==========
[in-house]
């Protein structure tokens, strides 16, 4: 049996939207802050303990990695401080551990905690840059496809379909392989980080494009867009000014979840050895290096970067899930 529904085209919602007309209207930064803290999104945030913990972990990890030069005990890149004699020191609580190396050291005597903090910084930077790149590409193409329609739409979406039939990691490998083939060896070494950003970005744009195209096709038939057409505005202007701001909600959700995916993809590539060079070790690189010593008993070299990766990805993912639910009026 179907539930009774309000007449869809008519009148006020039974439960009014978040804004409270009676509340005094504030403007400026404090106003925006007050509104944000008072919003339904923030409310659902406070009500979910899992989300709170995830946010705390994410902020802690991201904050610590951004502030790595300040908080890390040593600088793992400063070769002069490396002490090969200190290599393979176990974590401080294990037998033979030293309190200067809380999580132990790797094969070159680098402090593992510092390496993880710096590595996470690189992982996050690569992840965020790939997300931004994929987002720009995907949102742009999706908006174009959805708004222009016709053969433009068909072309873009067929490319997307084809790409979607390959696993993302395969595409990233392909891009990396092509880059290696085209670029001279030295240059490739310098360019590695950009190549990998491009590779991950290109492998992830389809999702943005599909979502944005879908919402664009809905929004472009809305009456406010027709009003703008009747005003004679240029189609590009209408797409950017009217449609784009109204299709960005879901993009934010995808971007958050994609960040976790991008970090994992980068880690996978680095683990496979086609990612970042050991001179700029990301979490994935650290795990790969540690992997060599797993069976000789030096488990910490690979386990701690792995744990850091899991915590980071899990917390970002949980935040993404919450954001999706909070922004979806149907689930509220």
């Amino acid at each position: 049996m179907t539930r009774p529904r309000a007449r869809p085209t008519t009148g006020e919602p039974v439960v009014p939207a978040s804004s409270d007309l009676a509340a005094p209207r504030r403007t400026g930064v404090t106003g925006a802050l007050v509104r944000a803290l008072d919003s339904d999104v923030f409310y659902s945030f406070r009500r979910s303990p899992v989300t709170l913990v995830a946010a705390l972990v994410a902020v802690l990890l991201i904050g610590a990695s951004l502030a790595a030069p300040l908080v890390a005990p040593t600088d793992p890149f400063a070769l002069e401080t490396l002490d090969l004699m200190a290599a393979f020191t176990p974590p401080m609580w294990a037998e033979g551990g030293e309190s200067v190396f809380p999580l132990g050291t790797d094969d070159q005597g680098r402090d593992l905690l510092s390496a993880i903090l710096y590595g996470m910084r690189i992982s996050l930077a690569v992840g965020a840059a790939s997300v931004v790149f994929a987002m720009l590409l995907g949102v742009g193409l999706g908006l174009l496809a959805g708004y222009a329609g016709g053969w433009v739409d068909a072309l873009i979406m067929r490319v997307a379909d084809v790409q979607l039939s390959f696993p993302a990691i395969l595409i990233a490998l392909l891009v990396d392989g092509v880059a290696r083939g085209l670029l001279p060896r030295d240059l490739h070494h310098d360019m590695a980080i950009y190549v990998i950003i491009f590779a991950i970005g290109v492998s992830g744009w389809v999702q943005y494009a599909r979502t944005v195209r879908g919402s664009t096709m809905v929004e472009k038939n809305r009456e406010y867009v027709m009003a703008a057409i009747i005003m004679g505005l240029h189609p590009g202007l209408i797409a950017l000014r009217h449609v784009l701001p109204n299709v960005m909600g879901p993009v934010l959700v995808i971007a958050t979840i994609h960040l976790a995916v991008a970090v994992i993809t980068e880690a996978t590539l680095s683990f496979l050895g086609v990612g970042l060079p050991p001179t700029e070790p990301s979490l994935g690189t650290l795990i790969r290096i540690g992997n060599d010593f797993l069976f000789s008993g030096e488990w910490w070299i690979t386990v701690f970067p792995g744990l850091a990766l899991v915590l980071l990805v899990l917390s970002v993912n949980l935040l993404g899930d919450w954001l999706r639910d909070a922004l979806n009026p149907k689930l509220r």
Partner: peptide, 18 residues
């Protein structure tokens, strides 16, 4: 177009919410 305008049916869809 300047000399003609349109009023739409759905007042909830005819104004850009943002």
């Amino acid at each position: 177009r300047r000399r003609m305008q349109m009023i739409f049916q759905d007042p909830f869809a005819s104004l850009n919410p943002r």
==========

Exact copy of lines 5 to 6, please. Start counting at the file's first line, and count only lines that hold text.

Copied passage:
């Protein structure tokens, strides 16, 4: 177009919410 305008049916869809 300047000399003609349109009023739409759905007042909830005819104004850009943002």
């Amino acid at each position: 177009r300047r000399r003609m305008q349109m009023i739409f049916q759905d007042p909830f869809a005819s104004l850009n919410p943002r």